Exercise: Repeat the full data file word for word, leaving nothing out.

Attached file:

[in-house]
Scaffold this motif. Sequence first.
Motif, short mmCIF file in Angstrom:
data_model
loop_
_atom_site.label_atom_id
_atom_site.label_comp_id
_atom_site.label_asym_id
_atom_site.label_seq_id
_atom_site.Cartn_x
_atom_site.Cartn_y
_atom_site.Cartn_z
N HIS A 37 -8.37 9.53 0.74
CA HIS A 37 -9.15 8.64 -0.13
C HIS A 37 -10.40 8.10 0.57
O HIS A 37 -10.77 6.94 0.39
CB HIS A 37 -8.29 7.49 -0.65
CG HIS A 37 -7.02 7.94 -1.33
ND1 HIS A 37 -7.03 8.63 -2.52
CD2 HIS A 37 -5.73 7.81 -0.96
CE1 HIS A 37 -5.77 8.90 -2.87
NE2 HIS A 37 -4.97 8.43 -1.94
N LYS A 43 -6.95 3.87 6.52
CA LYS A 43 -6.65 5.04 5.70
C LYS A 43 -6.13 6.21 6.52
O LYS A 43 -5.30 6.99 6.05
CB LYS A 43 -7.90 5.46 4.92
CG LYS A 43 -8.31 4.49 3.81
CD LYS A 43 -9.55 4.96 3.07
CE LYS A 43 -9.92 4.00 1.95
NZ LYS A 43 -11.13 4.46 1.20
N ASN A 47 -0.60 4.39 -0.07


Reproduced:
[in-house]
Scaffold this motif. Sequence first.
Motif, short mmCIF file in Angstrom:
data_model
loop_
_atom_site.label_atom_id
_atom_site.label_comp_id
_atom_site.label_asym_id
_atom_site.label_seq_id
_atom_site.Cartn_x
_atom_site.Cartn_y
_atom_site.Cartn_z
N HIS A 37 -8.37 9.53 0.74
CA HIS A 37 -9.15 8.64 -0.13
C HIS A 37 -10.40 8.10 0.57
O HIS A 37 -10.77 6.94 0.39
CB HIS A 37 -8.29 7.49 -0.65
CG HIS A 37 -7.02 7.94 -1.33
ND1 HIS A 37 -7.03 8.63 -2.52
CD2 HIS A 37 -5.73 7.81 -0.96
CE1 HIS A 37 -5.77 8.90 -2.87
NE2 HIS A 37 -4.97 8.43 -1.94
N LYS A 43 -6.95 3.87 6.52
CA LYS A 43 -6.65 5.04 5.70
C LYS A 43 -6.13 6.21 6.52
O LYS A 43 -5.30 6.99 6.05
CB LYS A 43 -7.90 5.46 4.92
CG LYS A 43 -8.31 4.49 3.81
CD LYS A 43 -9.55 4.96 3.07
CE LYS A 43 -9.92 4.00 1.95
NZ LYS A 43 -11.13 4.46 1.20
N ASN A 47 -0.60 4.39 -0.07